This is how Wang Tong people collect their mail. You can buy your own mailbox--cheap!--at the local hardware shop. One size fits all.
If you live near one of the main footpaths you'll nail it up next to your front entrance. But people who live way uphill along narrow, winding lanes--in other words, where the postman won't bother--either hammer their mailbox to a tree near the bottom of the path or, in this case of neighborhood solidarity, find a plank of discarded plywood large enough to accomodate the entire block.
Some people paint theirs, but why bother? On a rainy day your letters are going to more resemble wood pulp than the bank statement or property tax bill they started out as.
Notice that Number 50 says "Mang Tong". Several houses in the village are officially listed that way. Where did the "Mang" come from? The Chinese name is clearly pronounced Wang Tong. My best guess is that someone not very proficient in English had to fill out a government form and wrote the W upside-down. Then others even less proficient copied him. (If you think that's funny, and you don't know Chinese, imagine having to fill out a written form in Chinese characters from memory.)
Our current house was originally listed as Mang Tong, so I did what I thought was the right thing and contacted the Survey and Mapping Department, explained the situation and convinced them to change it. They were supposed to send notices about the change to all the relevant authorities, but those relevant authorities must all have mailboxes nailed to trees, even in the city, and the notices were probably delivered during a rainstorm.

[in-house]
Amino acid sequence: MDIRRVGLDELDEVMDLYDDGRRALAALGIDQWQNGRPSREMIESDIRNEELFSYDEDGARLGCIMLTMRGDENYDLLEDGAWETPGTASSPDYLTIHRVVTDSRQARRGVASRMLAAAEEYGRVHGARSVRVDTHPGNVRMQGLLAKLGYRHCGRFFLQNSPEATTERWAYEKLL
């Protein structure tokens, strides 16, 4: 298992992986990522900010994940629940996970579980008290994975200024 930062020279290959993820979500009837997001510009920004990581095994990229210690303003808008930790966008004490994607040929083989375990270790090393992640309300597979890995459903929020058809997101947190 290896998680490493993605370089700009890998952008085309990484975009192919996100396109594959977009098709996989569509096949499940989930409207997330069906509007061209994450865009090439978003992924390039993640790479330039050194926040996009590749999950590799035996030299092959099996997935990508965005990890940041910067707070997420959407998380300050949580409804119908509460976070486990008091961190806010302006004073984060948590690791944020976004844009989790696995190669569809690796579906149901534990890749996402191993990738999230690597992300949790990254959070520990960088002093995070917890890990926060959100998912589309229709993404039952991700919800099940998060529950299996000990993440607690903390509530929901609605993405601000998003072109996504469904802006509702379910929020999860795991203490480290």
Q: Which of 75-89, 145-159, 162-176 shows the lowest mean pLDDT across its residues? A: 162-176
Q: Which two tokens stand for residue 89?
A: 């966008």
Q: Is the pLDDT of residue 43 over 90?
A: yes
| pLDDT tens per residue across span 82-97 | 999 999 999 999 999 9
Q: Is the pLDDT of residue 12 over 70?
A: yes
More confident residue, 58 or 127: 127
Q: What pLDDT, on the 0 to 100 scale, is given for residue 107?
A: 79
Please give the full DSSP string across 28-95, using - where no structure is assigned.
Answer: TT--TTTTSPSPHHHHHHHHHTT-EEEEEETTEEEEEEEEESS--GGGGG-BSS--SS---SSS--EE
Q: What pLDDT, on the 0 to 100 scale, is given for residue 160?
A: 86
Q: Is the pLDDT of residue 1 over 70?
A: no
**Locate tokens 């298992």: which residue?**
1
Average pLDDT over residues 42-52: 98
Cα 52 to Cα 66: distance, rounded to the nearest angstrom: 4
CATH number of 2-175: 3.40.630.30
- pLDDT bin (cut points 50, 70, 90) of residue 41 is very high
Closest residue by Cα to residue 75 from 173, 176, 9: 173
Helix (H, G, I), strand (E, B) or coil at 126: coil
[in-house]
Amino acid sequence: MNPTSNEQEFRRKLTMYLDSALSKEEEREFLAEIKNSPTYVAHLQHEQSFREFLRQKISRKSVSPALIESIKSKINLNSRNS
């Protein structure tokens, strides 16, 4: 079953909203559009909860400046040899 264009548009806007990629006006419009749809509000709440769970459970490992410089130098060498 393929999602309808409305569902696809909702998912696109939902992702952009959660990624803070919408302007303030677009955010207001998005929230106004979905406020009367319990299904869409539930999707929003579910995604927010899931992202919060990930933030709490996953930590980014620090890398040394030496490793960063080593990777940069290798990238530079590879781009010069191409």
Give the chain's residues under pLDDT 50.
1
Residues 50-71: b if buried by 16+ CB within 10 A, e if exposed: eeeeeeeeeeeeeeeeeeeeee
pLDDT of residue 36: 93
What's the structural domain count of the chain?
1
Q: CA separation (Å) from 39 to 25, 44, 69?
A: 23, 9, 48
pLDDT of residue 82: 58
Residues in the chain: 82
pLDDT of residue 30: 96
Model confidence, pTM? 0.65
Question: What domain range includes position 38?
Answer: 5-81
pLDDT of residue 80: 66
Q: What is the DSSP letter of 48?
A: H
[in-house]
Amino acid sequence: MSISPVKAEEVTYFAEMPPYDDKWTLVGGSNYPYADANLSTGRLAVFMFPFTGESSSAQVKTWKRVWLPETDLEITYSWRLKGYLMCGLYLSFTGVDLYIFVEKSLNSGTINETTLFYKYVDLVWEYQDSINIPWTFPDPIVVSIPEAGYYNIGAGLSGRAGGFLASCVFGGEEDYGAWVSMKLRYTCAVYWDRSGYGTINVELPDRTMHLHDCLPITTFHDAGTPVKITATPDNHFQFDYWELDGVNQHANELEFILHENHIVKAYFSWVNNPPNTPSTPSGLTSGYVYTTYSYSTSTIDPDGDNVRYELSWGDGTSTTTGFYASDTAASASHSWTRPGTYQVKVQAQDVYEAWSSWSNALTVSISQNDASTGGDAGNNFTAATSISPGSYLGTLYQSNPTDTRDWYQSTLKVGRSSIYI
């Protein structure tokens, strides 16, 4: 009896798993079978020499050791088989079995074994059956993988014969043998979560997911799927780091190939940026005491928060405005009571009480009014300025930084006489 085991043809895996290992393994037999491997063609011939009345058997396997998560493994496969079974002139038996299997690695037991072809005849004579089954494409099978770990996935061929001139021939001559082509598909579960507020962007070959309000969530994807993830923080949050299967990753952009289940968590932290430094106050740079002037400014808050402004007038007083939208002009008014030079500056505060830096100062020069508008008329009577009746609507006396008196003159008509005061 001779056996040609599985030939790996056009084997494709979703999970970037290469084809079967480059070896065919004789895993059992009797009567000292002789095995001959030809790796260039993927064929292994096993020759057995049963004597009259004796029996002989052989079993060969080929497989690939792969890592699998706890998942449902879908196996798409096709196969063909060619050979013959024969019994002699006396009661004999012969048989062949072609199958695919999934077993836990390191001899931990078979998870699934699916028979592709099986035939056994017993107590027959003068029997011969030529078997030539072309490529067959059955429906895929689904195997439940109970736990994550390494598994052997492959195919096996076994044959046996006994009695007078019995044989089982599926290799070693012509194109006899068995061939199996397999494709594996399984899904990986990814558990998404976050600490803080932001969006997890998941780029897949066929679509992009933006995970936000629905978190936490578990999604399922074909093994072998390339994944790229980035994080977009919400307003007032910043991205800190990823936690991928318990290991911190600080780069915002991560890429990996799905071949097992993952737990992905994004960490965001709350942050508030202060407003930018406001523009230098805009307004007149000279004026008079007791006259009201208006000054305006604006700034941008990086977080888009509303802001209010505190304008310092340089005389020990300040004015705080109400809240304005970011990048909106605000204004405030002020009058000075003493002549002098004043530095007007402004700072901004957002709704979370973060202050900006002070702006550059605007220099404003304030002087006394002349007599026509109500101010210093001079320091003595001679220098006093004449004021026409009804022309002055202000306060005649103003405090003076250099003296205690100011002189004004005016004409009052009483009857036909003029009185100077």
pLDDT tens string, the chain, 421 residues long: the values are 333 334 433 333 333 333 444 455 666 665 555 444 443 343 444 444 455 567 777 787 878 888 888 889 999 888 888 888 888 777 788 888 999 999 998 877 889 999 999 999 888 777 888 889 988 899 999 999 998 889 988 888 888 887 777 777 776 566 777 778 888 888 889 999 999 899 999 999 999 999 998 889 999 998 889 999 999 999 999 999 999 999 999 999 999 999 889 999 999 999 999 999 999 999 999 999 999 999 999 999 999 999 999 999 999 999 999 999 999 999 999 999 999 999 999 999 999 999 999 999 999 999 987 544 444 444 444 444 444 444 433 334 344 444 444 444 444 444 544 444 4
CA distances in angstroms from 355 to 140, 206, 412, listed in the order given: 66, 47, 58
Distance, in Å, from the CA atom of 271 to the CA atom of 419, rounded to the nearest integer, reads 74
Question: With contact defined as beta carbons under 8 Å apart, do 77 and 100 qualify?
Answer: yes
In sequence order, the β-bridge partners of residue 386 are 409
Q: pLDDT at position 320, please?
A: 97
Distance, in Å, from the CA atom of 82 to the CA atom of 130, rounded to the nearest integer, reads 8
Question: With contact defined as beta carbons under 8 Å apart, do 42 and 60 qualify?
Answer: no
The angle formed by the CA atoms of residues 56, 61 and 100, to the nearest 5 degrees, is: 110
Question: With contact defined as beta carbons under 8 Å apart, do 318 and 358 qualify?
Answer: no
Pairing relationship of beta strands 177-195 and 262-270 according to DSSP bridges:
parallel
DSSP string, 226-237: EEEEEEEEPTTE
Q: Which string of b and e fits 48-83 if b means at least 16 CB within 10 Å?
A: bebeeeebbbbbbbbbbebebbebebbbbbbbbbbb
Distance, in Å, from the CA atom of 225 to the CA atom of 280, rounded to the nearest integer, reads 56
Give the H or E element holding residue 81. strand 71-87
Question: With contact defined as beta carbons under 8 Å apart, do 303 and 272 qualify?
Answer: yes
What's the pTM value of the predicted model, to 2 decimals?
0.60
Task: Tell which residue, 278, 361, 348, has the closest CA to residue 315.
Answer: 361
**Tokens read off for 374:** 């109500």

The Water Department refused to connect our water, since the existing water meter was registered in Mang Tong, but now my property tax bill, used as proof of ownership, showed Wang Tong. It took three angry months before we got the water connected. The telephone company claimed that our location was still listed in their records as Mang Tong. But since I'd written Wang Tong on the application, the installation crew assumed I meant another village on Lantau Island, also named Wang Tong, accessible only by a 40-minute hike on an unpaved trail. The phone company men called me from there, out of breath. It took nearly a year to get all the various addresses to match.
Now you understand all the reasons why I have my mail addressed to a post office box, the waterproof kind, inside the post office.